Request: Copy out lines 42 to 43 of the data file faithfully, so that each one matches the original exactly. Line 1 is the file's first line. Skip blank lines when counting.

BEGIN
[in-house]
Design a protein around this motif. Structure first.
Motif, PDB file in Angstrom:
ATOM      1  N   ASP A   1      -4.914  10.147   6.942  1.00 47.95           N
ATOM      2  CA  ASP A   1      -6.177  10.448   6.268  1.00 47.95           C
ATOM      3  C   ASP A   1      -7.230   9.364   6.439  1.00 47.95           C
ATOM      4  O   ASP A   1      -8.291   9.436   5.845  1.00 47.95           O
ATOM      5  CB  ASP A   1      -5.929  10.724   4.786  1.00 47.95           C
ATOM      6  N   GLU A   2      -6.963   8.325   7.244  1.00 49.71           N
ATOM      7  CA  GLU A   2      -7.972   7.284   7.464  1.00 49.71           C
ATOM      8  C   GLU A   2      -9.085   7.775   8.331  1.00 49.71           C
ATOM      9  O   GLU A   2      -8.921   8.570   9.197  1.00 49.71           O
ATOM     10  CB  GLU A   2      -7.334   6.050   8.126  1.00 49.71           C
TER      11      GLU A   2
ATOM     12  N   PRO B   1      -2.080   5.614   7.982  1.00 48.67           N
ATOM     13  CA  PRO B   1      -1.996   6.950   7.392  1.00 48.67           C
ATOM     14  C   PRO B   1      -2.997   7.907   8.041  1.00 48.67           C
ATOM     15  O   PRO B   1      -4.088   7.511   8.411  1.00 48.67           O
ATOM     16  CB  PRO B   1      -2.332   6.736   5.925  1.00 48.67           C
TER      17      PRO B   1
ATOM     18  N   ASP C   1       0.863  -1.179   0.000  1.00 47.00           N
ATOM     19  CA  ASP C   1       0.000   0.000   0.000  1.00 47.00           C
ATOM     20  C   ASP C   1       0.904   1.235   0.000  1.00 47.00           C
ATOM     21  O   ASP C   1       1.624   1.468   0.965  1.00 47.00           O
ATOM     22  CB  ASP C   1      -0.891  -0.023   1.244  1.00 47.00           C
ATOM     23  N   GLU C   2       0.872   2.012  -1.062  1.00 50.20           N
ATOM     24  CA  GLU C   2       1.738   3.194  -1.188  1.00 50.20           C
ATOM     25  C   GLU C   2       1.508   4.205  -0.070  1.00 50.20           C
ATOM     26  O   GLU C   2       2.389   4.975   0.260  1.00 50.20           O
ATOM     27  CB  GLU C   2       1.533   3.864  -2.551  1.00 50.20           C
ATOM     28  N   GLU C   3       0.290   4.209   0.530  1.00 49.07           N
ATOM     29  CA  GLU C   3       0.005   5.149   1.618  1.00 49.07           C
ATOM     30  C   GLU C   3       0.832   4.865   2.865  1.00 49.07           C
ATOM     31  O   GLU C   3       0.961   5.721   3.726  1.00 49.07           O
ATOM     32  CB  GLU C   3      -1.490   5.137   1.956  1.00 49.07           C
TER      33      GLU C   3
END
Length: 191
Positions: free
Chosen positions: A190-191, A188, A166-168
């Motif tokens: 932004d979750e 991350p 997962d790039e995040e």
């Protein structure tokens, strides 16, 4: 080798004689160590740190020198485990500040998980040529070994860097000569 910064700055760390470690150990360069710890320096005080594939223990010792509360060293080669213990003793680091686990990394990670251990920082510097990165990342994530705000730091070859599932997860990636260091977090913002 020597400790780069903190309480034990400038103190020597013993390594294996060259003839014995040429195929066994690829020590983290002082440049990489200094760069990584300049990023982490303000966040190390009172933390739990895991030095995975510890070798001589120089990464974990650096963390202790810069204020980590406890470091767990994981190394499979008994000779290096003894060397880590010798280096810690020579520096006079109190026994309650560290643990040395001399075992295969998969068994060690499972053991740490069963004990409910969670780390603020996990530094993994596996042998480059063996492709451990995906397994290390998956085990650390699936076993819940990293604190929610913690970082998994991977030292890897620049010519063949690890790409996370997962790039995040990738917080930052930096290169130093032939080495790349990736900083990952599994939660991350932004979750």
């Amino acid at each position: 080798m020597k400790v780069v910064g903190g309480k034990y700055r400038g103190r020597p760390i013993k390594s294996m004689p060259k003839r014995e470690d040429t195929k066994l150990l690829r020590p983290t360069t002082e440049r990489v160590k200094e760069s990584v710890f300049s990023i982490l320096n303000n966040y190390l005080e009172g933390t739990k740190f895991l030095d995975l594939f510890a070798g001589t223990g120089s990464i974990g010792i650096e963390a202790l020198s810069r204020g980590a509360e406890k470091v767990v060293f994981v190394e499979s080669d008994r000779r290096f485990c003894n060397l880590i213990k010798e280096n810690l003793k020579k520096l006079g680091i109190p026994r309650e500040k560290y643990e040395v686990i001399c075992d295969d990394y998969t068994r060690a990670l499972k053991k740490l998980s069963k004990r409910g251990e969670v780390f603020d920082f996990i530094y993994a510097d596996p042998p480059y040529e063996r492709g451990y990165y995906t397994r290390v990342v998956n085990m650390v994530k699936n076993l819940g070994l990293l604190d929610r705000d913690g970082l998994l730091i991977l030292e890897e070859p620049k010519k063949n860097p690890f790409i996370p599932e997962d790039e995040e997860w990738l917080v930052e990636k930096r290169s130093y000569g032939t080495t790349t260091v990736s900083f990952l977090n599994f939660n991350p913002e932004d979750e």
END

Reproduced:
């Protein structure tokens, strides 16, 4: 080798004689160590740190020198485990500040998980040529070994860097000569 910064700055760390470690150990360069710890320096005080594939223990010792509360060293080669213990003793680091686990990394990670251990920082510097990165990342994530705000730091070859599932997860990636260091977090913002 020597400790780069903190309480034990400038103190020597013993390594294996060259003839014995040429195929066994690829020590983290002082440049990489200094760069990584300049990023982490303000966040190390009172933390739990895991030095995975510890070798001589120089990464974990650096963390202790810069204020980590406890470091767990994981190394499979008994000779290096003894060397880590010798280096810690020579520096006079109190026994309650560290643990040395001399075992295969998969068994060690499972053991740490069963004990409910969670780390603020996990530094993994596996042998480059063996492709451990995906397994290390998956085990650390699936076993819940990293604190929610913690970082998994991977030292890897620049010519063949690890790409996370997962790039995040990738917080930052930096290169130093032939080495790349990736900083990952599994939660991350932004979750």
């Amino acid at each position: 080798m020597k400790v780069v910064g903190g309480k034990y700055r400038g103190r020597p760390i013993k390594s294996m004689p060259k003839r014995e470690d040429t195929k066994l150990l690829r020590p983290t360069t002082e440049r990489v160590k200094e760069s990584v710890f300049s990023i982490l320096n303000n966040y190390l005080e009172g933390t739990k740190f895991l030095d995975l594939f510890a070798g001589t223990g120089s990464i974990g010792i650096e963390a202790l020198s810069r204020g980590a509360e406890k470091v767990v060293f994981v190394e499979s080669d008994r000779r290096f485990c003894n060397l880590i213990k010798e280096n810690l003793k020579k520096l006079g680091i109190p026994r309650e500040k560290y643990e040395v686990i001399c075992d295969d990394y998969t068994r060690a990670l499972k053991k740490l998980s069963k004990r409910g251990e969670v780390f603020d920082f996990i530094y993994a510097d596996p042998p480059y040529e063996r492709g451990y990165y995906t397994r290390v990342v998956n085990m650390v994530k699936n076993l819940g070994l990293l604190d929610r705000d913690g970082l998994l730091i991977l030292e890897e070859p620049k010519k063949n860097p690890f790409i996370p599932e997962d790039e995040e997860w990738l917080v930052e990636k930096r290169s130093y000569g032939t080495t790349t260091v990736s900083f990952l977090n599994f939660n991350p913002e932004d979750e």